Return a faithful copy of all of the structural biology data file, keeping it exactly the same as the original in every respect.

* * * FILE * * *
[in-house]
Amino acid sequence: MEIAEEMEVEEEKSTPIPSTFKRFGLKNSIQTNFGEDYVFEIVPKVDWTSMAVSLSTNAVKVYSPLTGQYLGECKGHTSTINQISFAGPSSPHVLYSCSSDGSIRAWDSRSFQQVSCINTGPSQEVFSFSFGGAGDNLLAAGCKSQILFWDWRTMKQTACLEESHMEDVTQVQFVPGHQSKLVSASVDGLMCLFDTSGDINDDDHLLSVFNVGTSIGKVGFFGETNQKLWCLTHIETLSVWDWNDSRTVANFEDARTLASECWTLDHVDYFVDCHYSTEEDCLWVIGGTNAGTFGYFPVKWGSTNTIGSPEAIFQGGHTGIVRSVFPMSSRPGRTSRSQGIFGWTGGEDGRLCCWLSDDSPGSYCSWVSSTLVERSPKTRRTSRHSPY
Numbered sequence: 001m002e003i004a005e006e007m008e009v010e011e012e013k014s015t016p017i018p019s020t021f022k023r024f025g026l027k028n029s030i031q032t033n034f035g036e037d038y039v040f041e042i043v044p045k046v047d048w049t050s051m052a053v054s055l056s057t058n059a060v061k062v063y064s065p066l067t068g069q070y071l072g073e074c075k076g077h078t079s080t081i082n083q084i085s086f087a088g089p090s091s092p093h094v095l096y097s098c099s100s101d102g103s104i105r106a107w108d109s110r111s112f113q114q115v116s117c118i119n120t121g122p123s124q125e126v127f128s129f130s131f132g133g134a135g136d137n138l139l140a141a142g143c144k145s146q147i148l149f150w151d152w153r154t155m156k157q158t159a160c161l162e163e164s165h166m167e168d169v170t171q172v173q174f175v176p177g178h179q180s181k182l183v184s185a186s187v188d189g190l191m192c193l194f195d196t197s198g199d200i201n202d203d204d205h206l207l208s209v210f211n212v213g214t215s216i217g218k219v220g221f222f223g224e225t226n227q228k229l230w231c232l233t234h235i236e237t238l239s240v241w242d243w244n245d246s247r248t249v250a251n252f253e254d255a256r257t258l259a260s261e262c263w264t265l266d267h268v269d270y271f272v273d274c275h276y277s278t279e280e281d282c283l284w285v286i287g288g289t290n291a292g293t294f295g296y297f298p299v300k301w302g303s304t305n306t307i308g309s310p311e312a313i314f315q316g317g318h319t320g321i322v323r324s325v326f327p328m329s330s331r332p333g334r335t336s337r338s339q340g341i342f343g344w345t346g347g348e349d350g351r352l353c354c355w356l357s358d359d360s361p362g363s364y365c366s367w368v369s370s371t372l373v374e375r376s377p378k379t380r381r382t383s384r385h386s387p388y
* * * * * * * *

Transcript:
[in-house]
Amino acid sequence: MEIAEEMEVEEEKSTPIPSTFKRFGLKNSIQTNFGEDYVFEIVPKVDWTSMAVSLSTNAVKVYSPLTGQYLGECKGHTSTINQISFAGPSSPHVLYSCSSDGSIRAWDSRSFQQVSCINTGPSQEVFSFSFGGAGDNLLAAGCKSQILFWDWRTMKQTACLEESHMEDVTQVQFVPGHQSKLVSASVDGLMCLFDTSGDINDDDHLLSVFNVGTSIGKVGFFGETNQKLWCLTHIETLSVWDWNDSRTVANFEDARTLASECWTLDHVDYFVDCHYSTEEDCLWVIGGTNAGTFGYFPVKWGSTNTIGSPEAIFQGGHTGIVRSVFPMSSRPGRTSRSQGIFGWTGGEDGRLCCWLSDDSPGSYCSWVSSTLVERSPKTRRTSRHSPY
Numbered sequence: 001m002e003i004a005e006e007m008e009v010e011e012e013k014s015t016p017i018p019s020t021f022k023r024f025g026l027k028n029s030i031q032t033n034f035g036e037d038y039v040f041e042i043v044p045k046v047d048w049t050s051m052a053v054s055l056s057t058n059a060v061k062v063y064s065p066l067t068g069q070y071l072g073e074c075k076g077h078t079s080t081i082n083q084i085s086f087a088g089p090s091s092p093h094v095l096y097s098c099s100s101d102g103s104i105r106a107w108d109s110r111s112f113q114q115v116s117c118i119n120t121g122p123s124q125e126v127f128s129f130s131f132g133g134a135g136d137n138l139l140a141a142g143c144k145s146q147i148l149f150w151d152w153r154t155m156k157q158t159a160c161l162e163e164s165h166m167e168d169v170t171q172v173q174f175v176p177g178h179q180s181k182l183v184s185a186s187v188d189g190l191m192c193l194f195d196t197s198g199d200i201n202d203d204d205h206l207l208s209v210f211n212v213g214t215s216i217g218k219v220g221f222f223g224e225t226n227q228k229l230w231c232l233t234h235i236e237t238l239s240v241w242d243w244n245d246s247r248t249v250a251n252f253e254d255a256r257t258l259a260s261e262c263w264t265l266d267h268v269d270y271f272v273d274c275h276y277s278t279e280e281d282c283l284w285v286i287g288g289t290n291a292g293t294f295g296y297f298p299v300k301w302g303s304t305n306t307i308g309s310p311e312a313i314f315q316g317g318h319t320g321i322v323r324s325v326f327p328m329s330s331r332p333g334r335t336s337r338s339q340g341i342f343g344w345t346g347g348e349d350g351r352l353c354c355w356l357s358d359d360s361p362g363s364y365c366s367w368v369s370s371t372l373v374e375r376s377p378k379t380r381r382t383s384r385h386s387p388y